From an architectural point of view, the API cache strategy can be defined at two main levels:

  • Backend service

  • API Gateway.

These guidelines handle the cache strategy in the backend service as part of the API implementation. Please consider additional cache settings to be defined in the API Gateway can dramatically improve the performance and API consumer experience but they have to be defined in a specific way in the adidas product.

As a general rule, every API implementation SHOULD return both the cache expiry information (Cache-Control HTTP header) and specific resource version information (ETag HTTP Header).


Every API implementation's response SHOULD include information about cache-ability and cache expiration of the response. For HTTP 1.1 this is achieved using the Cache-Control header.


adidas API Gateway

The configuration of cache in the adidas API Gateway is mainly based on:

  • Cacheable HTTP methods

  • When to cache. Response content types, headers to be considered for the cache key, relevant query parameters, etc.

  • Expiration time, meaning the number of seconds to keep resources in the storage backend.

  • Strategy. This means, which is the backing data store in which to hold cache entities. The only accepted value is memory for now.

A complete reference for configuration can be seen here.

API Consumer

Clients SHOULD be capable of using max-age and max-stale headers to exclude the entity from being cached entirely or request stale copies of data if necessary.

Common Cache-Control Scenarios

Most common scenarios for controlling the cache-ability of a response includes:

  1. Setting expiration and revalidation.

  2. Disabling the caching of a response. Refer to the Cache-Control Documentation for additional information.

Remember the adidas API Gateway identifies the status of the request’s proxy cache behavior via the X-Cache-Status header. There are several possible values for this header:

  • Miss The request could be satisfied in cache, but an entry for the resource was not found in cache, and the request was proxied upstream.

  • Hit The request was satisfied and served from cache.

  • Refresh The resource was found in cache, but could not satisfy the request, due to Cache-Control behaviors or reaching its hard-coded cache_ttl threshold.

  • Bypass The request could not be satisfied from cache based on plugin configuration.

1. Cache Expiration & Revalidation

You SHOULD define the expiration time and the case for revalidation in your API.

max-age is the oldest that a response can be, as long as the Cache-Control from the origin server indicates that it is still fresh. The value means seconds.

API Consumer Notes

Remember an API consumer's request MAY specify the maximum age (max-age) it is willing to accept an unvalidated response; specifying a value of zero forces the cache to revalidate all responses. A client MAY also specify the minimum time remaining before a response expires. (Reference)[].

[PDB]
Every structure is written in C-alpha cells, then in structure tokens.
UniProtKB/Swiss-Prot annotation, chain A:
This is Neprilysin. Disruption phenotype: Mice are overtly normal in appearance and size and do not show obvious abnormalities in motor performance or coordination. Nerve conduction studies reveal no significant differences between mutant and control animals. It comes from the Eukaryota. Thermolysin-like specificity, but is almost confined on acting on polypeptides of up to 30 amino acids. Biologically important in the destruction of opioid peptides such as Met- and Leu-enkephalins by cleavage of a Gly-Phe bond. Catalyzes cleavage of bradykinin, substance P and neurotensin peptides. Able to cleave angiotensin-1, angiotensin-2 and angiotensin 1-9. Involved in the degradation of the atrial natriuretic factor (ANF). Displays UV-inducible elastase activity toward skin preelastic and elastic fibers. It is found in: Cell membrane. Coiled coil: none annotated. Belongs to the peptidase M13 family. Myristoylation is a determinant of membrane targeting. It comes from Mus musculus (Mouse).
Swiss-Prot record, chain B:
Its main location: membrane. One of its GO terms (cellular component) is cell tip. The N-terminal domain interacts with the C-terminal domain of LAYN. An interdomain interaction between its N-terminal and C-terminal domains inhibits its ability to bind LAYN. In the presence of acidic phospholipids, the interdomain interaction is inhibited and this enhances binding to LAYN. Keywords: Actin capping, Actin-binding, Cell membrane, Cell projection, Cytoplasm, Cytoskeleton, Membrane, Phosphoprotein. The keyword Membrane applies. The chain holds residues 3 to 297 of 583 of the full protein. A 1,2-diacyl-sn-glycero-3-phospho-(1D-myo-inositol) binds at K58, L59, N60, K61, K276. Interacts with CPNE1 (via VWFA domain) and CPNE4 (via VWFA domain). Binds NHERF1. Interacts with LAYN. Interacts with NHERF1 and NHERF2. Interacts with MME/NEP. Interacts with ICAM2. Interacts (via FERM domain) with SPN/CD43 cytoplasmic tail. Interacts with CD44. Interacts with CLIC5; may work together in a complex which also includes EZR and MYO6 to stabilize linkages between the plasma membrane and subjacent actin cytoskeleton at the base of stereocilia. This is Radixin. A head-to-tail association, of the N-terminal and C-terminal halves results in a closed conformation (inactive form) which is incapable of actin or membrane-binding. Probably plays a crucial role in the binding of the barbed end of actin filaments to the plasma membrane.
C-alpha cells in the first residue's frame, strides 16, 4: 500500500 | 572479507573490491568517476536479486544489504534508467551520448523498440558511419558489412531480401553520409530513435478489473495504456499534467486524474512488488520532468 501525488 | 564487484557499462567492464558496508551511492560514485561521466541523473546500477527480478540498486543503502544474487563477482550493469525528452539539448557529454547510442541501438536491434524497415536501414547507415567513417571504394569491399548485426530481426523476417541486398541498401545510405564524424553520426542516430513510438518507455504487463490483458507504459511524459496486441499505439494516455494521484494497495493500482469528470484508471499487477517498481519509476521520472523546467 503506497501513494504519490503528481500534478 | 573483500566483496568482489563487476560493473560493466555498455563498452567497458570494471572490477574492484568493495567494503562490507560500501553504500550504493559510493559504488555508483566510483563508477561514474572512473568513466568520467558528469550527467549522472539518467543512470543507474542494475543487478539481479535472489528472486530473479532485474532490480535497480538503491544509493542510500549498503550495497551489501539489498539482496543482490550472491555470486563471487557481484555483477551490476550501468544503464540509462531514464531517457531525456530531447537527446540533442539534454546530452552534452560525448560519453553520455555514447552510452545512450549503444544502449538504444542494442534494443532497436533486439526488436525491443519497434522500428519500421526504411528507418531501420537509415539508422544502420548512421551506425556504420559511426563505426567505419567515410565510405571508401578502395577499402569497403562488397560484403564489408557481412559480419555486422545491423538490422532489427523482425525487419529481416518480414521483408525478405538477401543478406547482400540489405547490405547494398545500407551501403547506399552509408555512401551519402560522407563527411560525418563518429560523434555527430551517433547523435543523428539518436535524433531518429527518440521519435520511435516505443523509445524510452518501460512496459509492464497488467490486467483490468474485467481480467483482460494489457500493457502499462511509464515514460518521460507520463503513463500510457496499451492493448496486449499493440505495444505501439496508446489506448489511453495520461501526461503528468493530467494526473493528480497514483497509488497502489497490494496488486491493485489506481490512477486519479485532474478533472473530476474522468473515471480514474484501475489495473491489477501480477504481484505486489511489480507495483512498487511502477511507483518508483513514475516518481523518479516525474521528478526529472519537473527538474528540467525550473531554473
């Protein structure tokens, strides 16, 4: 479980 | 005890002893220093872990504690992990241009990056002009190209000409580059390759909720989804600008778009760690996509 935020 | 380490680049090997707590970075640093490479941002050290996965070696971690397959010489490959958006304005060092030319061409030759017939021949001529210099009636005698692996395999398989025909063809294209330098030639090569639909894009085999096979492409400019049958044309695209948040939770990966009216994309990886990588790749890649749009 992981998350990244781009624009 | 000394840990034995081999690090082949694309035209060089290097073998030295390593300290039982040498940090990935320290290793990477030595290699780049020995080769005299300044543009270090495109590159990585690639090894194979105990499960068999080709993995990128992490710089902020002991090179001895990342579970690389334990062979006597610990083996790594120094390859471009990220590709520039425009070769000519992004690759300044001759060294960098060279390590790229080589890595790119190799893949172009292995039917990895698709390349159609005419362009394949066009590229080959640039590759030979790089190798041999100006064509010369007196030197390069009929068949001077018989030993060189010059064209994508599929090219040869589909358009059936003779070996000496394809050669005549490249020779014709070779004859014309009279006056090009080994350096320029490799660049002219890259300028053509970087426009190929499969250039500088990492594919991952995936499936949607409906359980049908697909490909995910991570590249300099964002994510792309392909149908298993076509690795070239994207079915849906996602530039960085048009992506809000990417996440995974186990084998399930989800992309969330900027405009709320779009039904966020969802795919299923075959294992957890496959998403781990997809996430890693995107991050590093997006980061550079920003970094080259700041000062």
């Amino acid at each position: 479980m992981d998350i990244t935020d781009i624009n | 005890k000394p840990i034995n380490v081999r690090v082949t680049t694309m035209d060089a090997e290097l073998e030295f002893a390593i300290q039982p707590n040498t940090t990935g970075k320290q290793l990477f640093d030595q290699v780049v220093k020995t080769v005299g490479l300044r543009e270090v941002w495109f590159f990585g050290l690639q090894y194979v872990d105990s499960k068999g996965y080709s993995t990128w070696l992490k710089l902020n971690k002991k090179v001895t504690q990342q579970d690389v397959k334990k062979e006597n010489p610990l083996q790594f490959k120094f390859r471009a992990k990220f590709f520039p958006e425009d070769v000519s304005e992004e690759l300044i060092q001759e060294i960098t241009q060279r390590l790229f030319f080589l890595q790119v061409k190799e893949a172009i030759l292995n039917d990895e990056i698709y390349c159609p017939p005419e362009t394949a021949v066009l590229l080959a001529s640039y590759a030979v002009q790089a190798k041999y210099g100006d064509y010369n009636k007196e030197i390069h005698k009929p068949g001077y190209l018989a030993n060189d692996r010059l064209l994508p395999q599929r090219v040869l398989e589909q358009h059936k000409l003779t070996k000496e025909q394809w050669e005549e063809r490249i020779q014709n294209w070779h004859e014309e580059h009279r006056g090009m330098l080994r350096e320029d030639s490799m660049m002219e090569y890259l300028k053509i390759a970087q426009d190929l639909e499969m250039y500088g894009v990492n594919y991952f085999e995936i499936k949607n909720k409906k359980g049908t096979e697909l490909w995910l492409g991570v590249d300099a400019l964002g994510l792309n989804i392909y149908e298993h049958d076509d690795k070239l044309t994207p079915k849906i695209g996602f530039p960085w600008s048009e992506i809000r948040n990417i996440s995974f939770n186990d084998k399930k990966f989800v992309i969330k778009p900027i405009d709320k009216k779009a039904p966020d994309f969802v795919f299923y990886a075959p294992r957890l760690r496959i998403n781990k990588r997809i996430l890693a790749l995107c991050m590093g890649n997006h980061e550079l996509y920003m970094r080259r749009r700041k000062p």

An API consumer MAY also specify that it will accept stale responses, up to some maximum amount of staleness. API consumers can cache a resource but must revalidate each time before using it. This means HTTP request occurs each time though, it can skip downloading HTTP body if the content is valid. (Reference)[].

From the semantic point of view no-cache and max-age=0, must-revalidate indicates same meaning: The backend service has to be contacted to get a stale result.

The common scenario to set cache expiration and revalidation policy is to use the max-age, must-revalidate or max-age as part of the Cache-Control directives.

The max-age directive states the maximum amount of time in seconds that fetched responses are allowed to be used again. For instance, max-age=300 indicates that an asset can be reused (remains in the browser cache) for the next 5 minutes. For instance:

Cache-Control: max-age=300

The must-revalidate directive is used to tell a cache that it must first revalidate an asset with the origin after it becomes stale. The asset must not be delivered to the client without doing revalidation against the backend service. In short, stale assets must first be verified and expired assets should not be used. For instance:

Cache-Control: must-revalidate

2. Disabling Cache

The no-cache directive shows that returned responses can't be used for subsequent requests to the same URL before checking if server responses have changed. If a proper ETag (identity of the specific version of the returned resource) is present as a result, no-cache incurs a roundtrip in an effort to validate cached responses.

Cache-Control: no-cache


Every API implementation's response to a cacheable request SHOULD include the ETag HTTP Header to identify the specific version of the returned resource.

Every API client SHOULD use If-None-Match HTTP header whenever it's performing a cacheable request. The value of If-None-Match should be the value of the ETag header stored from a previous request. The client MUST be ready to handle the 304 Not Modified response from the server to use the legal copy.

How ETag works

ETags are unique identifiers for a particular version of a resource found by a URL. They are used for cache validation, to check for modifications quickly.

A client requests a resource from the server at a particular URI. The server responds with the specific ETag value in the HTTP ETag header field. ETag and the resource will be stored locally by the client. Subsequent requests from the client are done with the If-None-Match header, which now contains the ETag value from the previous request. The server now compares the values. If they are the same, it responds with HTTP Status Code 304 Not Modified. If not, the resource is sent.

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